Accordingly, some embodiments provide a method for operating a digital assistant, the method including, at a device including one or more processors and memory storing one or more programs: receiving a first speech input from a user; initiating a first information provision process in response to receipt of the first speech input, the first information provision process comprising preparing at least a first response and a second response to the first speech input; providing the first response to the user; after or concurrent with the provision of the first response to the user, but before provision of the second response to the user, detecting an event operable to initiate a second information provision process; initiating the second information provision process in response to detecting the event, the second information provision process comprising preparing at least a third response to the event; determining a relative urgency between the second response and the third response; and providing one of the second response and the third response to the user in an order based on the determined relative urgency.

In some embodiments, the first and second responses are two consecutive sub-responses of a series of discrete sub-responses to the first speech input. In some embodiments, the first information provision process further comprises providing the series of discrete sub-responses to the user one at a time over an extended period of time without requiring a further prompt from the user.

In some embodiments, provision of all of the series of discrete sub-responses terminates the first information provision process.

In some embodiments, the first speech input is a navigation request and the first response and the second response are two navigation instructions associated with two different waypoints along a route prepared in response to the navigation request.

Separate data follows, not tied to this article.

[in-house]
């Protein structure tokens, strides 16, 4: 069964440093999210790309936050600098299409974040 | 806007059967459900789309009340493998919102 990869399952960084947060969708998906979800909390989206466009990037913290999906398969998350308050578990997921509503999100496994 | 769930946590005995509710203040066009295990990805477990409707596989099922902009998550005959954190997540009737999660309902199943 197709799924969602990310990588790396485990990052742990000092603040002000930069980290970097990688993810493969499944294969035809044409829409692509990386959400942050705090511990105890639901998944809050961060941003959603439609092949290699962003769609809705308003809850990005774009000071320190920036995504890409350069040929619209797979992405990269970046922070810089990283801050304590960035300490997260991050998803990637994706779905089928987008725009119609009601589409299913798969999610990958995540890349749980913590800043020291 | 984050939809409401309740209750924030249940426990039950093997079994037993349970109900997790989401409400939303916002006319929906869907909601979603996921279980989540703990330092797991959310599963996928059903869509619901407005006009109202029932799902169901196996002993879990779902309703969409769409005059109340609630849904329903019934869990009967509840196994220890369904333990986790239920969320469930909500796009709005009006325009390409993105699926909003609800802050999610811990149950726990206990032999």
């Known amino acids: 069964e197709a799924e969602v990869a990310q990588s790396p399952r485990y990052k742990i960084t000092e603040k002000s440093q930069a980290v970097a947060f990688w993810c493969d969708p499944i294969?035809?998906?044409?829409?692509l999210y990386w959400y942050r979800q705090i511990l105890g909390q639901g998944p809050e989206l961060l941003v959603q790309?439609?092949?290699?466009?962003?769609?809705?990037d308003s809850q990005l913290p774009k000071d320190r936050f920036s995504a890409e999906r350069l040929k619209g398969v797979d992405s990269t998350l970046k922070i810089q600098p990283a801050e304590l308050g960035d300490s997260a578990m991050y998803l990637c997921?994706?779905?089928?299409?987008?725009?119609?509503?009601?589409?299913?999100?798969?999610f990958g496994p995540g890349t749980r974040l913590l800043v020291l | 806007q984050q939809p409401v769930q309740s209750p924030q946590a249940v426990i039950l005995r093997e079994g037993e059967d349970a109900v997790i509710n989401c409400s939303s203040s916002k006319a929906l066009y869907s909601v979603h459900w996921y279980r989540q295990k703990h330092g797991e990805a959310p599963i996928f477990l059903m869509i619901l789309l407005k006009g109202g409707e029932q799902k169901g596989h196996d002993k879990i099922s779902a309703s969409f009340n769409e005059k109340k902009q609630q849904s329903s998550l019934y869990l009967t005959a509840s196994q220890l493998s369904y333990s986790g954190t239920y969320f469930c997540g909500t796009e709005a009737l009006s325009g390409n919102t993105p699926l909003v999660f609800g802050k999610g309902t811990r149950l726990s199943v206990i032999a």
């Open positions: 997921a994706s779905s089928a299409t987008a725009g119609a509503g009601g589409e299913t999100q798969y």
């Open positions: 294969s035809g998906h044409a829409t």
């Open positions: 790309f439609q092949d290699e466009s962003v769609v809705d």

In some embodiments, the first speech input is a search request, and the first response and the second response are speech outputs reading two different search results retrieved in response to the search request.

In some embodiments, the first speech input is a list-reading request, and the first response is a speech output summarizing a list of information items or a subset thereof, or a speech output reading content of at least one of the list of information items. In some embodiments, the list-reading request is a request to read one of: a cooking recipe, a list of email messages, a list of search results, a list of instructions, a list of diagnostic procedures, a list of exercise routines, a list of calendar entries, a list of reminders, a list of navigation instructions, a list of voice mail messages, and a list of SMS messages.

In some embodiments, the first speech input is a request to establish a reminder to be triggered at a later time by occurrence of a specified triggering event, the first response is an acknowledgement to the first speech input, and the second response is an alert item to be delivered to the user at the later time.

In some embodiments, the event is receipt of a second speech input from the user. In some embodiments, the third response is a complete response to the second speech input. In some embodiments, the third response is an initial sub-response among a series of sub-responses to the second speech input to be provided to the user over an extended period of time.

In some embodiments, the event is occurrence of a trigger event for a previously established reminder. In some embodiments, the third response is a speech output providing content of the reminder.

In some embodiments, the event is arrival of a push-notification. In some embodiments, the third response is a speech output providing content of the push-notification.

In some embodiments, the event is receipt of a second speech input that does not alter validity of the second response.

In some embodiments, the event includes receipt of a speech input directed to the digital assistant and generation of an alert or reminder by an application or process currently controlled by the digital assistant.

In some embodiments, the first speech input is a first information request, the event is receipt of a second information request, and the second response and the third response are two speech outputs providing respective information requested by the first and second information requests.

In some embodiments, the first speech input is a request to establish a reminder to be delivered at a later time, the event is receipt of an information request, the second response is an alert item providing content of the established reminder, and the third response is a speech output providing information retrieved in response to the information request.

In some embodiments, the first speech input is an information request, the event is occurrence of a trigger event for a previously established reminder or arrival of a push-notification, the second response is a speech output providing information retrieved in response to the information request, and the third response is an alert item providing content of the previously established reminder or push notification.